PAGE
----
It’s amazing what a little bit of normalcy can do to your outlook.
I got a call from William Chrisman activities director Greg McGhee asking if I could attend two signing ceremonies at the high school this week.
They were honors graduates Antonio Cruse, who will run track and cross country at Central Methodist University, and pole vaulter Reana Lagrone, who signed with Lindenwood University.
It took about half a second to say yes.
Thursday was my 38th anniversary at The Examiner and over that span, I have covered countless signing ceremonies, but none were quite as impactful as those at Chrisman.
Can you imagine what it’s been like, being a sports writer and columnist with no games to cover? It’s been a time in my life that has been filled with anxiety, money concerns and that feeling of dread when I think of all the lives that have been lost and all the student-athletes who missed out on one final hurrah.
But on Wednesday and Thursday, I was actually covering an event, and the joy on the faces of everyone in the two families made it even more special.
So thank you Greg McGhee for the invite. It was the best “signing” party I’ve been to in quite a while.
• I hope you had the opportunity to read the feature in Thursday’s Examiner on Chrisman graduate Sam Hawley, a young man who embodies every quality you would want in a student-athlete.
I asked Jason Grubb, the tennis coach, to give me a few thoughts on Hawley, and he jokingly apologized for “the novel” he wrote.
I used a bit of his commentary in the Hawley feature, but here are a few more thoughts on the young man they call Mr. William Chrisman.
Grubb had this to say:
“Sam is the ultimate citizen. He’s so giving to others and kind and genuine that it’s hard not to envy him. He really puts forth his best attitude daily. And he seeks opportunities to lead others by example not by fame-seeking. My two favorite examples for his selflessness explain why I think he is the best representative Chrisman’s ever had.
“After his sophomore year he knew that we graduated the top 10 players from a tennis team of 17 and that he would be the highest returning rank. However, he would always ask me questions about how to motivate his teammates while not infringing on their self confidence. He would ask about ways to get teammates together to bond. I told his dad immediately after that season that even though there were returning five or six soon-to-be seniors, Sam was going to be the captain as a junior.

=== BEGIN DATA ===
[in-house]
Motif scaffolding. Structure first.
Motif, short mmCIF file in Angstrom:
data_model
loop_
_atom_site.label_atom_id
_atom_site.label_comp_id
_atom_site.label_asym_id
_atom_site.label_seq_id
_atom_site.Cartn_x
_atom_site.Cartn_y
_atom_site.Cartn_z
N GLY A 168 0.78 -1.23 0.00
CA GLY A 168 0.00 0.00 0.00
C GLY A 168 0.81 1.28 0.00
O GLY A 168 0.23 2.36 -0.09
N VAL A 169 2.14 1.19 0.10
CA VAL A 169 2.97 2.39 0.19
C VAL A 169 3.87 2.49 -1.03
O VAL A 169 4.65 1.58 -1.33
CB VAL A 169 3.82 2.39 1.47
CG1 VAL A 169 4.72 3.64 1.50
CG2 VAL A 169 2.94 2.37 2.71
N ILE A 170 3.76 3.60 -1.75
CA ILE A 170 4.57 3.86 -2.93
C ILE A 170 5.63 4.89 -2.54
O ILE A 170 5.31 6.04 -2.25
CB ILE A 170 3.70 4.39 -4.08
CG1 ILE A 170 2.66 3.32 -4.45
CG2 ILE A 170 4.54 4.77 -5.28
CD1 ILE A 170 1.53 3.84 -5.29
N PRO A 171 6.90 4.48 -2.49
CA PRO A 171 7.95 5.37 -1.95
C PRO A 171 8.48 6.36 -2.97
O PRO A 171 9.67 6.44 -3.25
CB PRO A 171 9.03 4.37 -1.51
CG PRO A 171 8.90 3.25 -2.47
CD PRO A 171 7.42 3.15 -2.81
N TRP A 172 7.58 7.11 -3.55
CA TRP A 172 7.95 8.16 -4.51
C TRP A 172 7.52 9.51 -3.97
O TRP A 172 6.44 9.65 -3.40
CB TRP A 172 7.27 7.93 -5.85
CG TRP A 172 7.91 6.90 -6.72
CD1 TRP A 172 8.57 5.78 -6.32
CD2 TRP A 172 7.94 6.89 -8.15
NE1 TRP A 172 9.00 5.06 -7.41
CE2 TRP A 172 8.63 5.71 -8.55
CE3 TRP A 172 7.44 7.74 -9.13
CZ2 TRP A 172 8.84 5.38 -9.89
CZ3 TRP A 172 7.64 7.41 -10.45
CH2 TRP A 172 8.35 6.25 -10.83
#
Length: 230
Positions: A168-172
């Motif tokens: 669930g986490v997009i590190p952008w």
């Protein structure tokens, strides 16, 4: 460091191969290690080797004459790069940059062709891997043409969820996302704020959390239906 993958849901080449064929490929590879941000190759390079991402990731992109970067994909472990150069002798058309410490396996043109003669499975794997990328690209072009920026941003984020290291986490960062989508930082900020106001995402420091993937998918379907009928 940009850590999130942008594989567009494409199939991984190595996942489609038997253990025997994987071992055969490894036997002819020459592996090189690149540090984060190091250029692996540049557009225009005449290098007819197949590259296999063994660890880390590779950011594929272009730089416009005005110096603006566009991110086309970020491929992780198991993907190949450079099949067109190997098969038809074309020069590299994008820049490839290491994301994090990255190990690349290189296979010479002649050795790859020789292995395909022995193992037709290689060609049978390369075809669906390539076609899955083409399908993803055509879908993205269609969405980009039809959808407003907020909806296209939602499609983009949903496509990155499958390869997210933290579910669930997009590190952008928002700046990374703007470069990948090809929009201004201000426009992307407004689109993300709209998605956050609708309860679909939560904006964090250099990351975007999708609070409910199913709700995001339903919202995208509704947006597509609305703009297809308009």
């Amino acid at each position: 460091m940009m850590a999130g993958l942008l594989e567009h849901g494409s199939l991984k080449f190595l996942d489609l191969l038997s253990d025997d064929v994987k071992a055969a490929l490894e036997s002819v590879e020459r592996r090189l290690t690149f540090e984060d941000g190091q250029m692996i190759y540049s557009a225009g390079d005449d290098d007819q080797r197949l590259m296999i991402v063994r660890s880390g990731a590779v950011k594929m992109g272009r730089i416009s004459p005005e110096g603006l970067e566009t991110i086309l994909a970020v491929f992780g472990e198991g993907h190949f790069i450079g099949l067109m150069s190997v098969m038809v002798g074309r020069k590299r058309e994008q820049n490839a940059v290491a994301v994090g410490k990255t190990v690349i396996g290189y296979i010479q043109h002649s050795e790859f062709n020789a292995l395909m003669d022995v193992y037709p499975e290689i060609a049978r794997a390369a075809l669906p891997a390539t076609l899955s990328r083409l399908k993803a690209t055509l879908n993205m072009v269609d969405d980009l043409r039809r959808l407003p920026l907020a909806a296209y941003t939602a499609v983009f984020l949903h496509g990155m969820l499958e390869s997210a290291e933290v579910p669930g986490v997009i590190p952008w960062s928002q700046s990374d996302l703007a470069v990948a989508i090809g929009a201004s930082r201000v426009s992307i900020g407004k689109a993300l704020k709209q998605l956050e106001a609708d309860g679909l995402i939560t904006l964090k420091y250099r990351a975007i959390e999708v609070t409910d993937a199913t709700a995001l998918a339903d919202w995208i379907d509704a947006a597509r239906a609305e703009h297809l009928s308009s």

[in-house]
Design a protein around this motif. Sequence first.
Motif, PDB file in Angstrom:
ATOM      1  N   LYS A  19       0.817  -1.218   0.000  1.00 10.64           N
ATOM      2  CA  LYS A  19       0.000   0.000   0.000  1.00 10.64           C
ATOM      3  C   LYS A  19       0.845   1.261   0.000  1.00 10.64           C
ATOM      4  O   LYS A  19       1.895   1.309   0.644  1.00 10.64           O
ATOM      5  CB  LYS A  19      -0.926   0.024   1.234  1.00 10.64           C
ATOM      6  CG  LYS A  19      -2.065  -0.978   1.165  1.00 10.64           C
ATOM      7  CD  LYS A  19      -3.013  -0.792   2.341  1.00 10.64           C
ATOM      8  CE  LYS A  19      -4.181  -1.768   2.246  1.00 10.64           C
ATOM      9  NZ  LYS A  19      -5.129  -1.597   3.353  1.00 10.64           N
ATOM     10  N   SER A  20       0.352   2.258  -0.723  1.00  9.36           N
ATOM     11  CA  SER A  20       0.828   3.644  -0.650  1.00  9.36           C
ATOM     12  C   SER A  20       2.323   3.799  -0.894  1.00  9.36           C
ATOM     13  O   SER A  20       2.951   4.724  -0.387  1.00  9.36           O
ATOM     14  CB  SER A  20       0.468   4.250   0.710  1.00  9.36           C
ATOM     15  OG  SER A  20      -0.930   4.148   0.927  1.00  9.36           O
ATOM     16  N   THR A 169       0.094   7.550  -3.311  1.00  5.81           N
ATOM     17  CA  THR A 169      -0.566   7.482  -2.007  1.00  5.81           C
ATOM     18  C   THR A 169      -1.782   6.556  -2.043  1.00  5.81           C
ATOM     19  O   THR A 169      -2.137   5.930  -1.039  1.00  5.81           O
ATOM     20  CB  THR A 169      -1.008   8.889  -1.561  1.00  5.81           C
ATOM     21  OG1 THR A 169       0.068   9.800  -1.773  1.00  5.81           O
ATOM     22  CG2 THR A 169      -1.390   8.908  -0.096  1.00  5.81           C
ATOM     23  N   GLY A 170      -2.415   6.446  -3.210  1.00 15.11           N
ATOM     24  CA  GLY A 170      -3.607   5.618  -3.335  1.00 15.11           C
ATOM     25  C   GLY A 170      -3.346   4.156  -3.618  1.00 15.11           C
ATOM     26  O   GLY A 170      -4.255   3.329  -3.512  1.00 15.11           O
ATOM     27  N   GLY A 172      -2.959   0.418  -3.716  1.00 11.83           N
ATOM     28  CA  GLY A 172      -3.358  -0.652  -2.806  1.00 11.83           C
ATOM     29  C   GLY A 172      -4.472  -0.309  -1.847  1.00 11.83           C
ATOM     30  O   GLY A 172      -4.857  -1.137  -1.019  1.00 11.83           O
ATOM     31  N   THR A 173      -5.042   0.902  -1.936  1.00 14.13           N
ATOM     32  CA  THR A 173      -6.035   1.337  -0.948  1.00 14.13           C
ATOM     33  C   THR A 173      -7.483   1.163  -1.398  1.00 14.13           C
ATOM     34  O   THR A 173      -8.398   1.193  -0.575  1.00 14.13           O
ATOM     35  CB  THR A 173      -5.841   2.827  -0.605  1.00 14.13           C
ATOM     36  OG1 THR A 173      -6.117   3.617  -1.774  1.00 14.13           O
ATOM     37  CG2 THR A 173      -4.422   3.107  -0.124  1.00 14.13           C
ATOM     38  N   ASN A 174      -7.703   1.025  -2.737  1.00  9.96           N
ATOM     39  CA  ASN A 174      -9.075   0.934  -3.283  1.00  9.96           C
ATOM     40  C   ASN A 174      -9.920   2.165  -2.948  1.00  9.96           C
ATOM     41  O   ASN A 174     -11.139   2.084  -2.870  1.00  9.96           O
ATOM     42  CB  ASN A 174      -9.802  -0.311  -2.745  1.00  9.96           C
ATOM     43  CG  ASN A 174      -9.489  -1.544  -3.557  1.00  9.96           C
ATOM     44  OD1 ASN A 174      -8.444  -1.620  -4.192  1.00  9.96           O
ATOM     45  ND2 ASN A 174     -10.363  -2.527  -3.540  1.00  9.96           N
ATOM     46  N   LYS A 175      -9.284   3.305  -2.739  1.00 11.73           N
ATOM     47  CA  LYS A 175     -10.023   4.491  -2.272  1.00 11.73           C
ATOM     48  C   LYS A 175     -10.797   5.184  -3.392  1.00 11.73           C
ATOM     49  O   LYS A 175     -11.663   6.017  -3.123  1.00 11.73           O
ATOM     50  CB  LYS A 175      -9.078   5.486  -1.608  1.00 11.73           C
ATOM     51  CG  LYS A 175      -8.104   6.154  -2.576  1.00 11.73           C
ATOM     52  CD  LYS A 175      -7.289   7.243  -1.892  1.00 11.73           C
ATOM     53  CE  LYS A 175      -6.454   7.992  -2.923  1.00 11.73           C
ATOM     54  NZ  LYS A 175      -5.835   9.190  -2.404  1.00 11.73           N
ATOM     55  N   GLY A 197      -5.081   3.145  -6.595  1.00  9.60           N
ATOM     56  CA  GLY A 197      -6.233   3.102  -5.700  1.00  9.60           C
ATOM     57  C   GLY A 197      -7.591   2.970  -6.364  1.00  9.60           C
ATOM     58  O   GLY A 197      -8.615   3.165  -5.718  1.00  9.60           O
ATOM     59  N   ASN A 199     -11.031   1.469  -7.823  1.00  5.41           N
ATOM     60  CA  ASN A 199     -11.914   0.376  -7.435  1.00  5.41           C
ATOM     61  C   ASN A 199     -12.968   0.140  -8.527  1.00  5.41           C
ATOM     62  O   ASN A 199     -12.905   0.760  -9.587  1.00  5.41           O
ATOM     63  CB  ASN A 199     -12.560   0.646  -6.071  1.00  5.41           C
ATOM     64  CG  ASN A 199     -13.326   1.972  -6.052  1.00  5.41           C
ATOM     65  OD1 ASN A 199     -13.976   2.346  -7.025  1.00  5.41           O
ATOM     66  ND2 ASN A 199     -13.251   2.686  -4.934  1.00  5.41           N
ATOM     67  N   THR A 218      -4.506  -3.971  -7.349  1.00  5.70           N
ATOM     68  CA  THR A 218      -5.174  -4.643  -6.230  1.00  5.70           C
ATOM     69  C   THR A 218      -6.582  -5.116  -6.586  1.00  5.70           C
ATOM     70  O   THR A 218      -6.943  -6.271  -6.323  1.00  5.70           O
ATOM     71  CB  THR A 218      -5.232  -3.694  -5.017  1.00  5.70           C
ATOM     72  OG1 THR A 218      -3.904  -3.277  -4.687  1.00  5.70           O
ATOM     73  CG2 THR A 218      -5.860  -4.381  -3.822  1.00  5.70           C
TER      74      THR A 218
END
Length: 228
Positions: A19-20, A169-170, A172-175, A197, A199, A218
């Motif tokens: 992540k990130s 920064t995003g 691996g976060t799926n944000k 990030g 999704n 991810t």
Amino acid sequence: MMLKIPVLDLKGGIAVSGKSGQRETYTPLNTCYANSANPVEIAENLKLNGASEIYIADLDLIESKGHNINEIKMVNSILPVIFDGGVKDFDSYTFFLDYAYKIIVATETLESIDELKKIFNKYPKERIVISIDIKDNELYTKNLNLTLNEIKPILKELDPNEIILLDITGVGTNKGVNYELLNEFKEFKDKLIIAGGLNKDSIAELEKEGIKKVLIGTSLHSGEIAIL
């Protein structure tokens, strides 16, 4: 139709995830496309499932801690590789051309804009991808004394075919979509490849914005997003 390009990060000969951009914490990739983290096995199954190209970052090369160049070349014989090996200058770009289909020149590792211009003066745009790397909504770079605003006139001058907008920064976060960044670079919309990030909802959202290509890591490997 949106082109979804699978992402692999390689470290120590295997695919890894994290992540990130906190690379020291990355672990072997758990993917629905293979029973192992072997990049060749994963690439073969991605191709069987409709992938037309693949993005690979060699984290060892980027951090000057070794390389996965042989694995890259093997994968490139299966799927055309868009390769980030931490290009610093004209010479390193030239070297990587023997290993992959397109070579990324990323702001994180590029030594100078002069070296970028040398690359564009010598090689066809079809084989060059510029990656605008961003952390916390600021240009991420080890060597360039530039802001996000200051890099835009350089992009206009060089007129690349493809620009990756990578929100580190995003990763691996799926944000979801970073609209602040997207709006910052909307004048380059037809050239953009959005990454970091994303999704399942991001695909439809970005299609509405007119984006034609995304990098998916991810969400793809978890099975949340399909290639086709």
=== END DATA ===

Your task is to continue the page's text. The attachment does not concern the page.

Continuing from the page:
“So we found ways for him to lead drills and stuff and we’d fade back and let him earn the respect/trust of his teammates.
“Since the quarantine started, Sam has started a Twitter explosion of school spirit on a daily basis. Sam was behind it all. He and those amazing STUCO (student council) advisors at Chrisman have bumped up the positivity about being a Bear to a point I didn’t think it could go, after we’ve had so many great STUCO presidents over the past few years who’ve gone on to do great things in college. Sam raised the bar with his digital presence as well as in person.
“And finally, after college at Northwest Missouri State University, I plan on Sam coming back to Chrisman. We’d be crazy not to hire him back to teach math, coach basketball and tennis. I’m pretty positive he could coach or teach anything and make it look effortless. Finally, I know he wants to be an athletic director. But I don’t think Greg McGhee is going anywhere. But any school who hires him at that point will have found an absolute gem for an AD. Lastly, when he’s older I expect him to still give me one heck of a stressful tennis match when we play against each other.”
What a welcome relief to get back to some normalcy. It never felt so good.
– Bill Althaus is a sports writer and columnist for The Examiner. Reach him at firstname.lastname@example.org or 816-350-6333. Follow him on Twitter: @AlthausEJC